Govgeddon Is Not An Option

Govgeddon Is Not An Option

Interesting article in the Wall Street Journal about how the Federal government is falling to attract young people.

“Employees under the age of 30 hit an eight-year low of 7% in 2013…[while back in 1975, more than 20% of the federal workforce was under 30.”

Conversely, 45% of the federal workforce is older than 50.

Moreover by September 2016, a quarter of the all federal employees will be eligible to retire–that the retirement wave we’ve been hearing about for years, but never seems to really come (because of the economy).

Without “a pipeline of young talent, the government risks falling behind in an increasingly digital world.”

It’s not the older people can’t learn the technology, but rather they aren’t digital natives as those born in the later part of the 20th century.

To see just a glimpse of the digital divide, you need to go no further than when many of these folks snicker at us for even just sending emails–something so uncouth to the younger crowd.

With years of salary freezes, no awards, benefit cuts especially for new hires, and shutdowns, the federal government which used to be “an employee of choice,” is “now an employee of last resort.”

Further, “the reputation for bureaucracy and hierarchy is driving away many workers.” People want to be productive and get things done, not spin their wheels.

Yet, the government offers so many exciting jobs performing critical missions in everything from national security, diplomacy, law enforcement, and so much more, it is ironic that we cannot attract young people, who are often the most idealist.

Diversity in the federal workforce means that people under 30 are not a rarity!

Everyone–no matter what age, sex, race, religion, and so one–provides an important contribution, so that the sum of the parts is greater than the whole.

We need people to clearly feel the honor in public service, to see the importance of the missions performed, and to be treated like valued workers and not political pawns in partisan showdowns and Washington shutdowns.

Let’s actively recruit with an attractive smorgasbord of enhanced salary and benefits, especially in critical fields like cyber security, information technology, biotechnology, aerospace engineering, and more.

It’s time for the federal government to become attractive for young (and older) workers again, and not apologetic for providing important jobs in service of the nation.

The federal government needs to compete for the best and brightest and not resign itslef to second-tier, ever.

Our young people are an important pipeline for fresh ideas and cutting-edge skills, and we need them to prevent a govgeddon where we can’t perform or compete with the skills and diversity of workforce that we must have. 😉

(Source Photo: Andy Blumenthal)

It’s Not iStuff, It’s Your iFuture

Kids_learning_computers

There is an editorial in the Wall Street Journal (11 May 2012) called “Make It a Summer Without iStuff.”

It is written by David Gelernter, Professor of Computer Science at the prestigious Yale University and I was much dismayed to read it.

With all due respect, Gelernter makes the case–and a poor one at that–for keeping kids away from technology.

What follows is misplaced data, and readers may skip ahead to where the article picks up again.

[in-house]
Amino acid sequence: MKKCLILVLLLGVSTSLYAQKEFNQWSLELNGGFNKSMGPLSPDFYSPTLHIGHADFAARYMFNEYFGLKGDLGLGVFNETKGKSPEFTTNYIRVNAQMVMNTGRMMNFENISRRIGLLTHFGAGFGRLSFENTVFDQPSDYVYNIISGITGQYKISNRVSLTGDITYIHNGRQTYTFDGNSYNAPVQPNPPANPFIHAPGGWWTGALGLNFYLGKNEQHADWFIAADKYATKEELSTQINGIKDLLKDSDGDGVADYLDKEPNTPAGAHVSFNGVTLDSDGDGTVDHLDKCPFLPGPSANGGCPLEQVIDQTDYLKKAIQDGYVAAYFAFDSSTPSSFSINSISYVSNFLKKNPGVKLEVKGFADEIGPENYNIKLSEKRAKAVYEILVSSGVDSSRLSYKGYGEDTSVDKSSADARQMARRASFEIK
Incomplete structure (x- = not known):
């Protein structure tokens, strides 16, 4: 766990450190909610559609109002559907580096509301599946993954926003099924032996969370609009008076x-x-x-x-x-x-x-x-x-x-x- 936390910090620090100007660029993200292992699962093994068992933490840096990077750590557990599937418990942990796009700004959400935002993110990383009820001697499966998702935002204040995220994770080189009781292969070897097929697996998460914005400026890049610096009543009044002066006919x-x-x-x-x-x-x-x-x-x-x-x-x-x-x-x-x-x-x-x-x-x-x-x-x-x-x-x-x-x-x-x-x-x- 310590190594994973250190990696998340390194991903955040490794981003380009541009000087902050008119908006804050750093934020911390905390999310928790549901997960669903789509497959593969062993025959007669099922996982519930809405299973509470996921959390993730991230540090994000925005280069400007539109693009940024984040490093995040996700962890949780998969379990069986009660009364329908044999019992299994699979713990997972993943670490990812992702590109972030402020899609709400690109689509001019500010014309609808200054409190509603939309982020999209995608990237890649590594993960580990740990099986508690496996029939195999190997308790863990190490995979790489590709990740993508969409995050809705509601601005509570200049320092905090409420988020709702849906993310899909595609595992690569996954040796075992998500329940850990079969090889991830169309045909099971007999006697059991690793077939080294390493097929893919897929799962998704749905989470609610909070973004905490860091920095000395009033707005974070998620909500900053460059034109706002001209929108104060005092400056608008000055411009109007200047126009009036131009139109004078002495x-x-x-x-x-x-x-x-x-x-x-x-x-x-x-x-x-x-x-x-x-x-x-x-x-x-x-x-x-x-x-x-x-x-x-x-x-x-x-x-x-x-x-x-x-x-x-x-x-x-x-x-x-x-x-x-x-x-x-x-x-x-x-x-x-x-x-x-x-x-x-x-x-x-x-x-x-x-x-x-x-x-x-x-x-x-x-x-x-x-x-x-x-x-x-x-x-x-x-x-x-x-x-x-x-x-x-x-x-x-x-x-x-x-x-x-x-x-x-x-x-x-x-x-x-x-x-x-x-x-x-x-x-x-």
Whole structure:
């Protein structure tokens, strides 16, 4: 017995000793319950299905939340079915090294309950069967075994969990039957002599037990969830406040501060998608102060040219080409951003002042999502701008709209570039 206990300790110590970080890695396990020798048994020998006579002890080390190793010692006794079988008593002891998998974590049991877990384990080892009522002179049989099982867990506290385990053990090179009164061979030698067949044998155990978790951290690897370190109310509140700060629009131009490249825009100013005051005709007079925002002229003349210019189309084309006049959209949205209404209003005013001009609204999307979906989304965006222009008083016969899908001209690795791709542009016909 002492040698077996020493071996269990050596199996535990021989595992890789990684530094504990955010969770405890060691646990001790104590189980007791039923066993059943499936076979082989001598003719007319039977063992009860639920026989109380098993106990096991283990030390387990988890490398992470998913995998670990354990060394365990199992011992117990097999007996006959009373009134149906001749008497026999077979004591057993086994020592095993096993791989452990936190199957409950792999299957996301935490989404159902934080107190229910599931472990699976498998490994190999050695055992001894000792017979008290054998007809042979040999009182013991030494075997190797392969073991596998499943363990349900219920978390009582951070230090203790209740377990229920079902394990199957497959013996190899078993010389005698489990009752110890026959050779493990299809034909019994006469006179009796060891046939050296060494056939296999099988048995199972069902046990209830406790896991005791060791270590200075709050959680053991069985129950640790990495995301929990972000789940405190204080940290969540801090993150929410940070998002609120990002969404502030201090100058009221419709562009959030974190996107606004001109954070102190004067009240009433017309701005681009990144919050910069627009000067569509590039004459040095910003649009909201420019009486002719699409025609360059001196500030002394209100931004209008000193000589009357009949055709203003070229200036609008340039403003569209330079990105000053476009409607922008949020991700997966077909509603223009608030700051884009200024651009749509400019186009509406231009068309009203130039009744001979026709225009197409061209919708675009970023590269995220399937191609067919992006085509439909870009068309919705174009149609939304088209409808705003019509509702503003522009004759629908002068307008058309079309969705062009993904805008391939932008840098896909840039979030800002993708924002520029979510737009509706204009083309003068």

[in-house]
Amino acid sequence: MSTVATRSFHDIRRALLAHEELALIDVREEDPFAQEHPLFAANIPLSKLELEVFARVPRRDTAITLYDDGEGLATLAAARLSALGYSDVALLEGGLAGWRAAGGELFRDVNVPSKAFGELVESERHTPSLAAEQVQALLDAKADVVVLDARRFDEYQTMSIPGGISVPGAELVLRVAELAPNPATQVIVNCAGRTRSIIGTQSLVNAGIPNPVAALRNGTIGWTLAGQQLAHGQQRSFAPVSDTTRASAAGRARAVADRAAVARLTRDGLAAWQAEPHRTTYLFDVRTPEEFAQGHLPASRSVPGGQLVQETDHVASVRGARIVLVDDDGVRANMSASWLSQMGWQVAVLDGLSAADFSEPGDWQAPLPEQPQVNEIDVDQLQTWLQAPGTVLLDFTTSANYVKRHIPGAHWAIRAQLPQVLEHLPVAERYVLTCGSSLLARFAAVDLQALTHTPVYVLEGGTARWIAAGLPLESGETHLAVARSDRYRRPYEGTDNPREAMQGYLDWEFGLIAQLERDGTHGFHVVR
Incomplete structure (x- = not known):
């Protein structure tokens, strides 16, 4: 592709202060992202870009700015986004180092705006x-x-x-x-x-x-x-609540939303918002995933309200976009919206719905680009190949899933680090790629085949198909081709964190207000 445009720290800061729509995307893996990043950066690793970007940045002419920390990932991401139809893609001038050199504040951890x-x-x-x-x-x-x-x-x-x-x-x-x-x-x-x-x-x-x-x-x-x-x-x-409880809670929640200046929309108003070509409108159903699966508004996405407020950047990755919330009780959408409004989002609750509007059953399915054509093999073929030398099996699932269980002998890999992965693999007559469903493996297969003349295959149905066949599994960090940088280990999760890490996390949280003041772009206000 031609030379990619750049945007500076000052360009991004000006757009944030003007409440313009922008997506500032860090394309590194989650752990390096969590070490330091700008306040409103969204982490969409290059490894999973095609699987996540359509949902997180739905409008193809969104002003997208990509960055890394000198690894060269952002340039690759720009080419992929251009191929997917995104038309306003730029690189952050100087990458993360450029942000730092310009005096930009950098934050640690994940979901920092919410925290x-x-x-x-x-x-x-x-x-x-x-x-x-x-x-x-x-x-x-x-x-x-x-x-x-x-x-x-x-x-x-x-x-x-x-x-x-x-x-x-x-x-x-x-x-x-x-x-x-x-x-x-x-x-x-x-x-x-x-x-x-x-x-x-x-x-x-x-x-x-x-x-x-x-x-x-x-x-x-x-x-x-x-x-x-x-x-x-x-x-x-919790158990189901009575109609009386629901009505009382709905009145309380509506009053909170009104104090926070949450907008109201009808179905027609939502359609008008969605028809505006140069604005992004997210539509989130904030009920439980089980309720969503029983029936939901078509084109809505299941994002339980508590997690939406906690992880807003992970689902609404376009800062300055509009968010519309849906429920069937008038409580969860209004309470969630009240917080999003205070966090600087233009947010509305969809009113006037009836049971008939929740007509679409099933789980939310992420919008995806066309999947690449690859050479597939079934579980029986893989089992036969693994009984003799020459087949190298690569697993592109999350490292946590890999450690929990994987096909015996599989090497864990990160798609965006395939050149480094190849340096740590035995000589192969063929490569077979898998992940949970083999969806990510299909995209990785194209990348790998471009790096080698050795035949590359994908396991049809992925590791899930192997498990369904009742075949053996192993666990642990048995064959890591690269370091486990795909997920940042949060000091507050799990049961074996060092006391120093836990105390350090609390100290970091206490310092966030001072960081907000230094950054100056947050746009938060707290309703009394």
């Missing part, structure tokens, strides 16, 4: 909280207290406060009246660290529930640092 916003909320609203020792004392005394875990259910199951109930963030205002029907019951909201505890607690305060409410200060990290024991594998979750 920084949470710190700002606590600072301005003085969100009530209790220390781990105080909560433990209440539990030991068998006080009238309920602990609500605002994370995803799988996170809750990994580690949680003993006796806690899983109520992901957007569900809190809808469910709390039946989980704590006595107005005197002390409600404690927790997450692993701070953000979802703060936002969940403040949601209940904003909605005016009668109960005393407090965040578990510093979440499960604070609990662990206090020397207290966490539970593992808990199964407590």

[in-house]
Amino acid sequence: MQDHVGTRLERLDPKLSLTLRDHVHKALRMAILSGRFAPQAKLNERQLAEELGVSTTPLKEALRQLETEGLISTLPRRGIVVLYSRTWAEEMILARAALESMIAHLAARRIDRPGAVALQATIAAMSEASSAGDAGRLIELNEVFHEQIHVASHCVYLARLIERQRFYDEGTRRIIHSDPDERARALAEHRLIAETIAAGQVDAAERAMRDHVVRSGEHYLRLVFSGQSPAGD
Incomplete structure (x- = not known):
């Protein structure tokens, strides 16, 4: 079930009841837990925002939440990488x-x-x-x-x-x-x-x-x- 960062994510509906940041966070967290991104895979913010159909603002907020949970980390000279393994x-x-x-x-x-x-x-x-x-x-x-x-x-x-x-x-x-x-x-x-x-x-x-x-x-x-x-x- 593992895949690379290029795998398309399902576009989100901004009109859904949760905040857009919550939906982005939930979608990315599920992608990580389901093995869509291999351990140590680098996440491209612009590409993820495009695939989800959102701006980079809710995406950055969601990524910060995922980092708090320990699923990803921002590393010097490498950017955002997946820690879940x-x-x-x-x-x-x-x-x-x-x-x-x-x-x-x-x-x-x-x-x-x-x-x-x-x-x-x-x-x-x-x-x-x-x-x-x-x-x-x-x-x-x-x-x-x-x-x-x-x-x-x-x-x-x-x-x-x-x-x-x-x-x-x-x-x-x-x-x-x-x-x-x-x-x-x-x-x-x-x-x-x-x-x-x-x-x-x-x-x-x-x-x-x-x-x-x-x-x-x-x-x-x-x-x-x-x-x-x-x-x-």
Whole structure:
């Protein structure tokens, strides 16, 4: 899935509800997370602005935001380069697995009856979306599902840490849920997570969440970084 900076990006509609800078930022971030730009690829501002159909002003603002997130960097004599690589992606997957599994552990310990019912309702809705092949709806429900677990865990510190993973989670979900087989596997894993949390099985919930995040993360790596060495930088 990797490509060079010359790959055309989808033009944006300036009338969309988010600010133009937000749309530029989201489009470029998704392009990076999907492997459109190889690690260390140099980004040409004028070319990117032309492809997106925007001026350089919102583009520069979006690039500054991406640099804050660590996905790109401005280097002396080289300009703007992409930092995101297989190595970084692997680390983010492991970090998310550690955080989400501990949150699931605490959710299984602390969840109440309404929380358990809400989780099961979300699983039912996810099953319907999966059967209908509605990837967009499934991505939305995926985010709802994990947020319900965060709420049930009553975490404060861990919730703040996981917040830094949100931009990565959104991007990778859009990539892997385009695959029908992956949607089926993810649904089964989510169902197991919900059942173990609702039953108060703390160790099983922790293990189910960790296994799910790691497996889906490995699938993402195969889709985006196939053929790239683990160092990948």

He calls technology devices and the Internet, “the perfect anti-concentration weapon…turning a child’s life into a comedy of interruptions.”

Gelernter states pejoratively that the “whole point of modern iToys…is not doing anything except turning into a click vegetable.”

Moreover, Gelernter goes too far treating technology and the Internet as a waste of time, toys, and even as dangerous vices–“like liquor, fast cars, and sleeping pills“–that must be kept away from children.

Further, Gelernter indiscriminately calls en masse “children with computers…little digital Henry VIIIs,” throwing temper tantrums when their problems cannot be solved by technology.

While I agree with Gelernter that at the extreme, technology can be used to as a escape from real, everyday life–such as for people who make their primary interaction with others through social networking or for those who sit virtually round-the-clock playing video games.

And when technology is treated as a surrogate for real life experiences and problem solving, rather than a robust tool for us to live fuller lives, then it becomes an enabler for a much diminished, faux life and possibly even a pure addiction.

However, Gelernter misses the best that technology has to offer our children–in terms of working smarter in everything we do.

No longer is education a matter of memorizing textbooks and spitting back facts on exams in a purely academic fashion, but now being smart is knowing where to find answers quickly–how to search, access, and analyze information and apply it to real world problems.

Information technology and communications are enablers for us do more with less–and kids growing up as computer natives provide the best chance for all of us to innovate and stay competitive globally.

Rather then helping our nation bridge the digital divide and increase access to the latest technologies and advance our children’s familiarity with all things science, technology, engineering and math (STEM), Gelernter wants to throw us back in time to the per-digital age.

With the ever rapid pace with which technology is evolving, Gelernter’s abolishing technology for children needlessly sets them back in their technology prowess and acumen, while others around the world are pressing aggressively ahead.